Contractor versus employee tax status

Determining the employment status of an individual – New Irish Revenue Guidance



On 20th October 2023, the Supreme Court delivered its unanimous decision in The Revenue Commissioners v Karshan (Midlands) Ltd. t/a Domino’s Pizza [2023] IESC 24 (the “Karshan Case.”  It was held that delivery drivers of Domino’s Pizza should be treated as employees and not independent contractors.  Today Revenue published their “Guidelines for Determining Employment Status for Taxation purposes” which outlines a five step decision making framework to determine the employment status of individuals for tax purposes: eBrief No. 140/24



According to Revenue:


“Where an individual is engaged under a contract of service, i.e., as an employee taxable under Schedule E, income tax, USC and PRSI should be deducted from his or her employment income through their employer’s payroll system on or before when a payment is made.


Where an individual is engaged under a contract for service, i.e., as a self-employed individual taxable under Schedule D, he or she will generally be obliged to register for self-assessment, to pay preliminary tax and file their own income tax returns using the Revenue Online Service (ROS).”




The guidance material asks the following questions:



1. Does the contract involve the exchange of a wage or other remuneration for the work carried out?


In other words, there must be an exchange of work for wage/remuneration before a working relationship can be categorised as a “contract for service.”


A contract is considered to be an engagement where there is a payment by the business to the individual regardless of whether or not there is a written contract in place.




2. If so, is the agreement one pursuant to which the worker is agreeing to provide their own services, and not those of a third party, to the employer?


This test distinguishes between a situation where a worker provides services to a business personally versus where it’s possible for that worker to engage others to provide the services on his/her/their behalf.




3. If so, does the employer exercise sufficient control over the putative employee to render the agreement one that is capable of being an employment agreement?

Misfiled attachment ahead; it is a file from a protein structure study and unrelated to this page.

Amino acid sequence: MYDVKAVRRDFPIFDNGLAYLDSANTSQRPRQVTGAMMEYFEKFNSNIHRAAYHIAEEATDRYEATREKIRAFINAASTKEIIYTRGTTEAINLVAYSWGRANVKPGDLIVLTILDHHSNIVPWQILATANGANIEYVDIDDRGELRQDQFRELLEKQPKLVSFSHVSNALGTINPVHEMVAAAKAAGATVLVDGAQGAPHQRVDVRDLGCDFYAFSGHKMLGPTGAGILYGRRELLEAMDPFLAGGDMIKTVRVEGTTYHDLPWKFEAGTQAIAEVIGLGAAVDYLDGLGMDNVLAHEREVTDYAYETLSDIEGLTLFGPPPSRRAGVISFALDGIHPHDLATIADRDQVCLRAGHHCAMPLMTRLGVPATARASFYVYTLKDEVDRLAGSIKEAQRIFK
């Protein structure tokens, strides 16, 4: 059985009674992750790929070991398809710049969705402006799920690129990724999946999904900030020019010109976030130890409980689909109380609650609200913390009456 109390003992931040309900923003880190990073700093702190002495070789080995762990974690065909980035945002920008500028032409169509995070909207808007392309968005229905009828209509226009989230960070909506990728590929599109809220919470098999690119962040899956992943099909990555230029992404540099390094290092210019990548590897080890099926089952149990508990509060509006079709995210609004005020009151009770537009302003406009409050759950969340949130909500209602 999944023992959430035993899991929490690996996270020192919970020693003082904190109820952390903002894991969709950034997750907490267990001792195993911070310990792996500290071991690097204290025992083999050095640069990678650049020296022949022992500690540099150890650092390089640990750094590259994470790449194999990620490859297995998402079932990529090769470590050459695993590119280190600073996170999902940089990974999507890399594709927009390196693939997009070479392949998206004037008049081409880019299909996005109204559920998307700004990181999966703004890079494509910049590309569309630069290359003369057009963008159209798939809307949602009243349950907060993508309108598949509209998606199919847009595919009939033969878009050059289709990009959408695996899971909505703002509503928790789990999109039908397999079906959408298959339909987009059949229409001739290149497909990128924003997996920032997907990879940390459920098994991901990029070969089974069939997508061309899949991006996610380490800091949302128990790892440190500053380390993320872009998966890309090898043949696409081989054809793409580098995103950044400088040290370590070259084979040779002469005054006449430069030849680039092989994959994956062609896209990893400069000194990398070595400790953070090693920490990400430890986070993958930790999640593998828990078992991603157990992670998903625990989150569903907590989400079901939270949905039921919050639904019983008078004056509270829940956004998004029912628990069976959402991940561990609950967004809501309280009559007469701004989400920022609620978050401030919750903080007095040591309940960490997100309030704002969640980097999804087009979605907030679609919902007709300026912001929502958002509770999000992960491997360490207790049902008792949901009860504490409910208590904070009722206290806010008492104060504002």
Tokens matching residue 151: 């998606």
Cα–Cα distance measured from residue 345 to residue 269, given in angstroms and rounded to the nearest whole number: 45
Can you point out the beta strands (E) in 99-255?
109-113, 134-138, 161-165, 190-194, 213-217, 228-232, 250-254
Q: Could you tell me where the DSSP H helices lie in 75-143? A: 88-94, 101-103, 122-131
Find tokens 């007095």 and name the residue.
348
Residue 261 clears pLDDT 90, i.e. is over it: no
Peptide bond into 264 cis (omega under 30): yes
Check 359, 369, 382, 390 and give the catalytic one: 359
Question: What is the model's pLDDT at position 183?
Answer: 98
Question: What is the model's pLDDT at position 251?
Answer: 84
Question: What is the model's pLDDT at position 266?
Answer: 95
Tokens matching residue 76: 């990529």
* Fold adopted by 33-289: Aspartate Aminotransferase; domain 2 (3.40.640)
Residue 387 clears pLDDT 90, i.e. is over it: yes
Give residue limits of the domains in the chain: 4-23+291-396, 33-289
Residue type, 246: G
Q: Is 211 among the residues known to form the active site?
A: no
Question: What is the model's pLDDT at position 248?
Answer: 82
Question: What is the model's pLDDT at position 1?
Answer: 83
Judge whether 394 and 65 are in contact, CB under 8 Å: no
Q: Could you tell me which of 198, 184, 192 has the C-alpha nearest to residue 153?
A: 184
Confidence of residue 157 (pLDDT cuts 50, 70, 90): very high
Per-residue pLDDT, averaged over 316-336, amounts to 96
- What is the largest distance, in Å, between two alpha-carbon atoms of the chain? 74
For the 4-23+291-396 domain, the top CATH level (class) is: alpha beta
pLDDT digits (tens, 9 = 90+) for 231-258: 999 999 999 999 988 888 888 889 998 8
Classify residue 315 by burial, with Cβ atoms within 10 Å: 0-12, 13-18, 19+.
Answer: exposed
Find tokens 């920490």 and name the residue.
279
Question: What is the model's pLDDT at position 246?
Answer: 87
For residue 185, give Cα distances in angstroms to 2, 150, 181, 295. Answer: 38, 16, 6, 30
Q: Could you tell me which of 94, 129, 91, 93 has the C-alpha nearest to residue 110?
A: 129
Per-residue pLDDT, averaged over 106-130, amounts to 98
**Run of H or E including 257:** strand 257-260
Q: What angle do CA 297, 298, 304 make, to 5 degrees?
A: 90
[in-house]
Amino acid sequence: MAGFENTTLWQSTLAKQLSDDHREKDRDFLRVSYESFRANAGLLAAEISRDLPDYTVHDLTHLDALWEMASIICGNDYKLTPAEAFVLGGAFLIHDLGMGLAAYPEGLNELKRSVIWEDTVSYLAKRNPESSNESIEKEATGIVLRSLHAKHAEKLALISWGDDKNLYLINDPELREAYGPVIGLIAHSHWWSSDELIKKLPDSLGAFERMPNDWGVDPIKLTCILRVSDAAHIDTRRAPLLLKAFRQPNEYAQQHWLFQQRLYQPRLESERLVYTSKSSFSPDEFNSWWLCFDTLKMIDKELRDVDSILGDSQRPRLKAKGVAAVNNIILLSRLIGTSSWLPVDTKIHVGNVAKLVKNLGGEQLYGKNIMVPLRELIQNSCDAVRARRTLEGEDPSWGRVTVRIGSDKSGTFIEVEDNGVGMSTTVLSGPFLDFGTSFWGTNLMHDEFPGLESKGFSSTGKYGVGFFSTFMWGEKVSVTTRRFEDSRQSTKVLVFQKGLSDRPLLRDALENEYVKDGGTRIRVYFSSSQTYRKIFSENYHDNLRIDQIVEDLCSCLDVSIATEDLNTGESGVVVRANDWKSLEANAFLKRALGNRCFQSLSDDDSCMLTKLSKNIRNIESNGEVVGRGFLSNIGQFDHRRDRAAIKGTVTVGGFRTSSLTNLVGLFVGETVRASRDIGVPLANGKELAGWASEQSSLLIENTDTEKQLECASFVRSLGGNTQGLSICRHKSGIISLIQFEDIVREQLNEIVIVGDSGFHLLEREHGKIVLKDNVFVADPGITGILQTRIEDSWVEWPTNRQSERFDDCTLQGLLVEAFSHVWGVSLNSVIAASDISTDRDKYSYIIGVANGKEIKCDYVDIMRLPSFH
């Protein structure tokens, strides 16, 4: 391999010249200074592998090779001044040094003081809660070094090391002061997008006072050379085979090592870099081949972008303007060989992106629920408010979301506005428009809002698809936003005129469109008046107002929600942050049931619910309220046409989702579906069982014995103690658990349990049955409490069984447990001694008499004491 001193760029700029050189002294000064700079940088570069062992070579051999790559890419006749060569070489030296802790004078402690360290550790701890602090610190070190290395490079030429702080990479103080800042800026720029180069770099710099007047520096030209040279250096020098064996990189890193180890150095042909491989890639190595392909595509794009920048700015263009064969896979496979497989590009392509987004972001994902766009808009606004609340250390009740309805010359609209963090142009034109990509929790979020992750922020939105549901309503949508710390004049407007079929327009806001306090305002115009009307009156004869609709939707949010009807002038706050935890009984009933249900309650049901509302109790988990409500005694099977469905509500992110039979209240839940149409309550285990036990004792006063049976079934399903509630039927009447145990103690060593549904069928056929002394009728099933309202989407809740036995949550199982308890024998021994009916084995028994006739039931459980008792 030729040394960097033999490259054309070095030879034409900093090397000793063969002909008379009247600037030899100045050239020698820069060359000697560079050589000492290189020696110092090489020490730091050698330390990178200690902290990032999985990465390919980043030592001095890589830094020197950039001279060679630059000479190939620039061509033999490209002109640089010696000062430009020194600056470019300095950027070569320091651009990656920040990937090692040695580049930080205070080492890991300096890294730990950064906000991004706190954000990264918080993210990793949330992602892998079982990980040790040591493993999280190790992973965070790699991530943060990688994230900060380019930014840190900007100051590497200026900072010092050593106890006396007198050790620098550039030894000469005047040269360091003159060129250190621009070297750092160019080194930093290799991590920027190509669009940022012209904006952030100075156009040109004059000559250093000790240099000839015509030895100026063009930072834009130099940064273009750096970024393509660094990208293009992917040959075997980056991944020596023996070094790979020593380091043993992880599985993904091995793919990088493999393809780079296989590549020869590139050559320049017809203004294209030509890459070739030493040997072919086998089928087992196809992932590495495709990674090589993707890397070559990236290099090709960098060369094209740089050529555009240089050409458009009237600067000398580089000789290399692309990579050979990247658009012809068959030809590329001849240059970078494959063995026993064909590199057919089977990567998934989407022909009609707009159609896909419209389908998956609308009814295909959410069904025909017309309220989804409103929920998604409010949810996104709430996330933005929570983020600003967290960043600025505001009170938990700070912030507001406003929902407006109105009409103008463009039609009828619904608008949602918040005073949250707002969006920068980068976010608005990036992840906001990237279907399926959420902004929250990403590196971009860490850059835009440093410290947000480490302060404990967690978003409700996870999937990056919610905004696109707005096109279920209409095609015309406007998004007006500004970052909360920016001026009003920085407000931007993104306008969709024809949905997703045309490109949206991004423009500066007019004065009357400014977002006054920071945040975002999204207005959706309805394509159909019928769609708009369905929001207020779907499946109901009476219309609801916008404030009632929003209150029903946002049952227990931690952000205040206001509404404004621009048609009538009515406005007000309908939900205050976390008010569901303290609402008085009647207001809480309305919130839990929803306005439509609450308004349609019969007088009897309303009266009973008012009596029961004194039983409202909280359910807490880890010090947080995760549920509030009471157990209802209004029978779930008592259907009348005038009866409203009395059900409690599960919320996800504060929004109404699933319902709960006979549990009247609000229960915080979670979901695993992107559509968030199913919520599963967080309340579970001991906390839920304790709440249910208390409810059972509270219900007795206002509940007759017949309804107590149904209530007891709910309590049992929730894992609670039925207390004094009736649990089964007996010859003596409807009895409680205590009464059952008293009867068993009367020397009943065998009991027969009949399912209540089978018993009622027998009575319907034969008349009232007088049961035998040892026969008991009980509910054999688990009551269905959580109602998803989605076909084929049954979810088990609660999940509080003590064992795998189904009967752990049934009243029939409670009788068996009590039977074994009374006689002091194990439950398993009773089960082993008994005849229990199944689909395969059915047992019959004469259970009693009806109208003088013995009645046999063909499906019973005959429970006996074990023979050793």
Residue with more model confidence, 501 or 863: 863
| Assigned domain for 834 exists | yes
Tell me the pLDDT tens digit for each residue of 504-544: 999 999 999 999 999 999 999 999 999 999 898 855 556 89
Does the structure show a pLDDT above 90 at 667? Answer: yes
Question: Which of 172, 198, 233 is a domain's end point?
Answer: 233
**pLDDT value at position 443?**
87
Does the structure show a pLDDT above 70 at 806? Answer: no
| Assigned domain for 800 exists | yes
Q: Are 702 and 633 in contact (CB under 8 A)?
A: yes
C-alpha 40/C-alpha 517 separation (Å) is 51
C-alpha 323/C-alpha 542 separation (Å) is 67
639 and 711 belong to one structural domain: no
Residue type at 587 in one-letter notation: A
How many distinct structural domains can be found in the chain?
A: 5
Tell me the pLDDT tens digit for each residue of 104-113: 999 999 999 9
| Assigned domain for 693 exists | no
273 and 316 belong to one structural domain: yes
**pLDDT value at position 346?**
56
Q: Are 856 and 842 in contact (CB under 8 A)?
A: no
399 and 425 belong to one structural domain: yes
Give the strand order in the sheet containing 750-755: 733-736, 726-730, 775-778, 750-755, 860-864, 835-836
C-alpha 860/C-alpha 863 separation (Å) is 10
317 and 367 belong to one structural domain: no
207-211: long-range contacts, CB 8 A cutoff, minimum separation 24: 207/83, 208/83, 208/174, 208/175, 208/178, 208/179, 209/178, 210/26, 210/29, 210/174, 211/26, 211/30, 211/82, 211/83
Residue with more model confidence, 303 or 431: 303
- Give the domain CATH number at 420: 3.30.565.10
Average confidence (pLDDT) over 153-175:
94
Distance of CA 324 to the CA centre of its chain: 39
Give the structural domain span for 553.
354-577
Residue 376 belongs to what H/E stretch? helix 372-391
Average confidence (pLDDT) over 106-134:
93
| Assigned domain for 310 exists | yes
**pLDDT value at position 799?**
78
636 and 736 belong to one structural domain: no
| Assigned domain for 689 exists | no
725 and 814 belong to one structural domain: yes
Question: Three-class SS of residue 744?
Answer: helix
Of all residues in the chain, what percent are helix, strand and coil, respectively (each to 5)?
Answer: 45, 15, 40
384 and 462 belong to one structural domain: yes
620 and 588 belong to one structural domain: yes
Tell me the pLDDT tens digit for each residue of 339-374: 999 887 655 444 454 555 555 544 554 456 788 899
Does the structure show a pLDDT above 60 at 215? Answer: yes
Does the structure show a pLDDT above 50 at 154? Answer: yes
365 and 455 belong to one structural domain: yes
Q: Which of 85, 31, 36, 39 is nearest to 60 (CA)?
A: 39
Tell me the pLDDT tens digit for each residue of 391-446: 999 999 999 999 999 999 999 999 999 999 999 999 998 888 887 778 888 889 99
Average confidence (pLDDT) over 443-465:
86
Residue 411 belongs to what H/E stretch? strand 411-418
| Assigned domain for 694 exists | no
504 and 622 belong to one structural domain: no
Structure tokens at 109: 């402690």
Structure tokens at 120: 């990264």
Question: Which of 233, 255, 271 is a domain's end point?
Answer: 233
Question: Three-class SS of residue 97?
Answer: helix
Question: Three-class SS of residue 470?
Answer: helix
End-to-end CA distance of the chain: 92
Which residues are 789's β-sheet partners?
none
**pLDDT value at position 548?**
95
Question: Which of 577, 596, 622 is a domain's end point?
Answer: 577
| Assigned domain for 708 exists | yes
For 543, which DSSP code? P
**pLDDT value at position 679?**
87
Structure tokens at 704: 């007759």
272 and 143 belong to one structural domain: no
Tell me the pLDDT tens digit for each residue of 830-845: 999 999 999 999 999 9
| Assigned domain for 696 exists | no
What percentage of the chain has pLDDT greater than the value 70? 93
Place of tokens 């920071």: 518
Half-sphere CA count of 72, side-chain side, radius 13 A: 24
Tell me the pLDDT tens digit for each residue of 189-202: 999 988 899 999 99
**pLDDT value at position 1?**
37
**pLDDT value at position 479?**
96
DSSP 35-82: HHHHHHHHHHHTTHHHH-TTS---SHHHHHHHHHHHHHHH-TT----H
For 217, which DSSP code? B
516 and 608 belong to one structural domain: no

The court judgment placed a strong emphasis on the degree of freedom the individual has to decide how the work is carried out.


It is essential to establish the level of control the business has over the individual worker.  For example, can it decide what the particular duties are, as well as how, when and where the work should be carried out?


Is the worker carrying on the business of the organisation he/she/they work(s) for or is this individual working on their own account?


In other words, to what degree is the worker/individual integrated into the business?




4. If the above three requirements are satisfied, the decision maker must then determine whether the terms of the contract between employer and worker and the related working arrangements are consistent with an employment contract, or with some other form of contract.


Apart from reviewing any written agreement in place, it is vital that the facts of the working arrangement are examined to establish if the individual is working for the business or is providing services on his/her/their own account.




5. Finally, it should be determined whether there is anything in the particular legislative regime under consideration that requires the court to adjust or supplement any of the foregoing.




If the answer to any of the first three questions set out above are “No”, a contract of employment is not deemed to exist and the individual should not be treated as an employee.


If, however, the answer to the first three questions is “Yes”, then questions 4 and 5 of the framework must be considered to determine if a contract of employment exists.


The Guidelines also include nineteen practical examples which demonstrate the application of the five step framework to assist in determining how workers, in a number of different situations, will be taxed.






  • If required by Revenue, taxpayers must be able to demonstrate, using the five step framework, how they determined that a worker should be treated as self-employed rather than as an employee.


  • If a business previously treated a worker as self-employed rather than as an employee, but having reviewed the five-step framework it would appear that this individual is in fact an employee for tax purposes, the business must immediately rectify the situation by operating payroll taxes.


  • If the business has incorrectly treated the worker as a self-employed contractor rather than as an employee, the Revenue Commissioners may seek the repayment of uncollected payroll taxes, Employer’s PRSI as well as interest and penalties.


  • It is advised that businesses carry out an urgent and comprehensive review of the five step framework to determine employment status of their workers.




If you require any assistance, please contact us.




Please be aware that the information contained in this article is of a general nature.  It is not intended to address specific circumstances in relation to any individual or entity. All reasonable efforts have been made by Accounts Advice Centre to provide accurate and up-to-date information, however, there can be no guarantee that such information is accurate on the date it is received or that it will continue to remain so. This information should not be acted upon without full and comprehensive, specialist professional tax advice.